It's all about the perpetual motion.
Kent State redshirt sophomore and McDonald High School graduate Matthias Tayala took a 35-pound weight, which has the same size and circumference as a softball, strapped to small, hefty chain bolted to a D-shaped handle. Tayala built momentum with a simple, but slowish turn to build more speed followed by a few high-velocity circular whips around the throwing circle before releasing.
When Tayala threw the weight 72 feet, 2.5 inches on Dec. 6 at the Golden Flash Gala indoor track and field meet inside the Kent State Field House, he made history.
With the throw, Tayala broke a 40-year mark set by Jacques Accambray in 1973 of 71-10.75. Accambray represented France in the 1972 Olympics in the hammer throw.
"It's felt pretty good, I guess," Tayala said. "I haven't been throwing a lot of weight throws. I won't say unexpected, but it's a good feeling to get that out of the way - this early especially."
This early throw may have landed Tayala in the NCAA Division I national indoor meet in Albuquerque, N.M., March 14-15, according to KSU coach Bill Lawson.
"Just a fantastic effort," Lawson said in a press release, "and more importantly, with the series he threw with three or four throws over 70 feet, that far surpasses his lifetime personal record."
This early mark gives Tayala some much needed breathing room for the rest of the indoor season.
"Now, I can get back to training and not worrying about hitting any high marks," Tayala said.
He's been training quite vigorously with KSU throws coach Nathan Fanger.
"He's one of the biggest reasons I've had the success I had this past weekend," Tayala said.
The two have been honing Tayala's skills on the weight throw, hammer and, even shot put and discus - even in the cold December weather.
The shot put and weight throw are indoor events, while the shot put, discus and hammer are for the outdoors.
They've set up a shed outside with a heater to give the two an occasional break from the cold with a portable heater.
"Having that heater helps a lot in that cold," Tayala said.
Fanger said Tayala's perpetual motion has cut through the cold and warmed up the indoor track and field scene.
"If the goal is to go for 200 throws for the week, we go for 200 throws for the week. He's got that attitude to be a winner," Fanger said.
Tayala said his KSU teammate and fellow McDonald graduate Miles Dunlap, who he rooms with, helps him stay on track. Dunlap, a junior 400-meter hurdler, has been guiding his friend these past couple of years.
"It's good to have him here and see him do well, it always get me motivated. Living together helps because we don't get sidetracked at all and try to stay focused here," Tayala said.
Tayala has been to the NCAA outdoor championships in the hammer throw, but Fanger said being the nation's best is well within Tayala's grasp.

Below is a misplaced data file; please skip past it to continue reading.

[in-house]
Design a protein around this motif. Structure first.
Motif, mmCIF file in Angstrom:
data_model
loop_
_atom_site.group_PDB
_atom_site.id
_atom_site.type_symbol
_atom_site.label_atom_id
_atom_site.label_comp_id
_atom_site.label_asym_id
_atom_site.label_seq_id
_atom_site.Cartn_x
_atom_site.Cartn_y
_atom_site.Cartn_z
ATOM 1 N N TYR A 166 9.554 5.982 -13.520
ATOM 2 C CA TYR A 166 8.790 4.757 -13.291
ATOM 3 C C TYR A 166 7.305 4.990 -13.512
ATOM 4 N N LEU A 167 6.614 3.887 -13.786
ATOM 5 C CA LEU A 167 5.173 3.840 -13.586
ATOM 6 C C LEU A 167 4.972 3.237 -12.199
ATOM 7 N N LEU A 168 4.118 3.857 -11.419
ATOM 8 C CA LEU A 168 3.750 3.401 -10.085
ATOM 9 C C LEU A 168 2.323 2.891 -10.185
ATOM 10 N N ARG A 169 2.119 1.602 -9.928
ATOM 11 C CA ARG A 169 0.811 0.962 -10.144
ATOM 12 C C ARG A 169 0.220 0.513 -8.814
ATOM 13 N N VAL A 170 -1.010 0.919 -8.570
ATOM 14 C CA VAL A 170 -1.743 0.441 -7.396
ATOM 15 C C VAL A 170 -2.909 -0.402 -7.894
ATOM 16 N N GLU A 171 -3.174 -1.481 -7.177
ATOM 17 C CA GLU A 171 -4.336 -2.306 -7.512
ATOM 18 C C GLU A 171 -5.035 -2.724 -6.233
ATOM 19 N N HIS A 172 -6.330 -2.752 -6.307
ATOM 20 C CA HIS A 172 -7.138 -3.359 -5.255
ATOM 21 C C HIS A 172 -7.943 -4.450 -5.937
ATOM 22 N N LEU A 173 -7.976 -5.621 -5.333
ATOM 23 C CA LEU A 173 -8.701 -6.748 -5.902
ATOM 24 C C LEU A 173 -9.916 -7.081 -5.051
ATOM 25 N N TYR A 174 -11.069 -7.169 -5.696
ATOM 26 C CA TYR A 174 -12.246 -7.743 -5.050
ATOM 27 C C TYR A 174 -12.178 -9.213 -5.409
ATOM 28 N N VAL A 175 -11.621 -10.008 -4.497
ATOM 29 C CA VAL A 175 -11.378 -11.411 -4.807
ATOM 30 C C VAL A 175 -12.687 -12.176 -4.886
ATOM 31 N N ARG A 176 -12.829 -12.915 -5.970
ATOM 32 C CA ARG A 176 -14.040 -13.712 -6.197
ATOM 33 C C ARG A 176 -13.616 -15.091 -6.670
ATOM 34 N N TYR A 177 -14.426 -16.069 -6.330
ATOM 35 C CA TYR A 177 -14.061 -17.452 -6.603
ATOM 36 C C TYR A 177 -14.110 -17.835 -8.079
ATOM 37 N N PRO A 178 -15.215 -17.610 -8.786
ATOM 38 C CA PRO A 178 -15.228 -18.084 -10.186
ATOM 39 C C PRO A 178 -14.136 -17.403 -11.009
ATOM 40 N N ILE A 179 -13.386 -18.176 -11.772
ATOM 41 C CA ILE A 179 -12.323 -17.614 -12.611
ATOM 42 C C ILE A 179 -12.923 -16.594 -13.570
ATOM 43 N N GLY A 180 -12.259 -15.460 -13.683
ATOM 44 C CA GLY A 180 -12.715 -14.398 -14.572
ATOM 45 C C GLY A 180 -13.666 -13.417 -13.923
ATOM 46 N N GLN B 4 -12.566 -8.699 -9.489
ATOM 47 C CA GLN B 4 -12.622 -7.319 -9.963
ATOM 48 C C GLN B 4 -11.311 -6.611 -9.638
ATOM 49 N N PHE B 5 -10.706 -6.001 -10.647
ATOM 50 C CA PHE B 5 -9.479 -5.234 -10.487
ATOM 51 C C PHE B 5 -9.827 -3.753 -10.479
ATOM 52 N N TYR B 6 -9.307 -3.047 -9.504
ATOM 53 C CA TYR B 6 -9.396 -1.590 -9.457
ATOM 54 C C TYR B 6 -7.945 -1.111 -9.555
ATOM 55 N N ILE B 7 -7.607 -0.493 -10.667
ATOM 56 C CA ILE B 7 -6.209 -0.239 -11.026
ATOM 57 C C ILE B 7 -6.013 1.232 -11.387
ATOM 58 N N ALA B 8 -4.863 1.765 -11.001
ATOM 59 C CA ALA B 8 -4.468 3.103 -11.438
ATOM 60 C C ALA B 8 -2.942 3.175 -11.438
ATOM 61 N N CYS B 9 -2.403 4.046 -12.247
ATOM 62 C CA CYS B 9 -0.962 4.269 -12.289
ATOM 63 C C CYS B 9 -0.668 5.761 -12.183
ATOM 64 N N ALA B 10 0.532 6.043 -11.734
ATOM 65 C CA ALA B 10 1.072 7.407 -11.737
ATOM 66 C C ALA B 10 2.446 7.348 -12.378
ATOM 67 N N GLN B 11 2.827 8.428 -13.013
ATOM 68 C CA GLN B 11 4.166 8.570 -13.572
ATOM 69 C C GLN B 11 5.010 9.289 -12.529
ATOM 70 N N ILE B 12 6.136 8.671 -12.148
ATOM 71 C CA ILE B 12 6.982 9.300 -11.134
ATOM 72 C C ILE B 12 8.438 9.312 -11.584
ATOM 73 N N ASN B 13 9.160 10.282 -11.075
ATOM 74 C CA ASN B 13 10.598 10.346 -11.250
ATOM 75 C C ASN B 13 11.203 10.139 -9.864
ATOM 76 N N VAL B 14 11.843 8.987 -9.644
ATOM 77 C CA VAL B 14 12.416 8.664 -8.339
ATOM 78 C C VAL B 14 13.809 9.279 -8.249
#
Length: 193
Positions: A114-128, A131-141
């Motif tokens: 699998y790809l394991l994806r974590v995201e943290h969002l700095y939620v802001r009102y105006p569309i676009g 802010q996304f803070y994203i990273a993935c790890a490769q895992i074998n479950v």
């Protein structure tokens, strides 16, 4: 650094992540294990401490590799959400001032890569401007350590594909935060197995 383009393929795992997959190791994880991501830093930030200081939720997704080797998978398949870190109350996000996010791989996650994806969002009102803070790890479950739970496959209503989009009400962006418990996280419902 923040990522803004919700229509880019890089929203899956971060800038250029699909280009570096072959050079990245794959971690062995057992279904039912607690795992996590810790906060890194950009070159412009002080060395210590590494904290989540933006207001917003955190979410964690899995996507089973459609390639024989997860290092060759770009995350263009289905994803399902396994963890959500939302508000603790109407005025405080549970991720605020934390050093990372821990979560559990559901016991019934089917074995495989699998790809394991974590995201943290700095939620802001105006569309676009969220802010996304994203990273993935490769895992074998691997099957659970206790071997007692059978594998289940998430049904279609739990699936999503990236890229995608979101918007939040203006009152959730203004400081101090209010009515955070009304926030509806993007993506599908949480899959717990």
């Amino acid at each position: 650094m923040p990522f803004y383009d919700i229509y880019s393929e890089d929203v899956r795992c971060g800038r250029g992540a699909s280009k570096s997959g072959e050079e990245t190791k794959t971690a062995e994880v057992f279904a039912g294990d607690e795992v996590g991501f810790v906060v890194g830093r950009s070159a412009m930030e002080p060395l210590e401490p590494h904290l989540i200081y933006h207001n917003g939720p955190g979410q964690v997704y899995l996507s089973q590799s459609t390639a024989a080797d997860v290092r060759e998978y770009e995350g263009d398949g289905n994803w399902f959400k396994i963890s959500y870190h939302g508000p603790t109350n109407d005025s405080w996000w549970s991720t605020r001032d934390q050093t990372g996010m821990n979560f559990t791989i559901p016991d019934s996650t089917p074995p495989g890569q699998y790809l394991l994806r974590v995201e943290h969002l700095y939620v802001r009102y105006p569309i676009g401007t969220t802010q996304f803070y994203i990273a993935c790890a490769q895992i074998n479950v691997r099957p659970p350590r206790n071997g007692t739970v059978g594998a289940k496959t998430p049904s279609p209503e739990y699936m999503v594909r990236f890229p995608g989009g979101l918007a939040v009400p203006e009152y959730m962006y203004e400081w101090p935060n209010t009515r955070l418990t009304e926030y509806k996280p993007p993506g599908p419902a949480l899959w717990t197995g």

"He wants to be a national champion in the weight and in the hammer," Fanger said. "He loved the discus and shot and he can qualify for the NCAAs. The shot put is his third event. If he can get some good points in the conference championship he can have a team victory.
"He has now established himself as one of the top throwers in the country. When he goes to the U.S. National Championships, my goal would be for him to be in the top eight. The next year, he can apply to be on the world championship team if he goes over the mark. The magic mark is 76 feet, 31 inches."
The World Championships and, yes, maybe 2016 Olympics in Rio de Janeiro might be a possibility for Tayala.
Tayala, a physical education major, plans on getting his bachelor's degree in May 2015 and heading to graduate school the following year.
"I'm looking to train pretty hard," he said. "Olympics has been a goal in the long run, but I don't know what's going to happen from now until then injury-wise. I just have to stay healthy and keep moving forward."
Tayala, a 6-foot, 225-pound thrower who has benched more than 300 pounds and squatted more than 500, has the build of a Division I football safety.
Most world class hammer throwers are build more like lineman, around 6-4 and 275 pounds. However, Fanger said Tayala has made the most of his abilities and frame. Some top-flight high school athletes can't make the jump the way Tayala has at Kent State - especially in the hammer. The men's hammer weighs 16 pounds and measures 3 feet, 11 3/4 inches with the elongated chain and handle.
"He's learned how to apply force to the hammer, application to the ball," Fanger said. "Once you learn how to take the strength you have, no matter how strong you are, and apply that force to the hammer. That's the key on how you get good."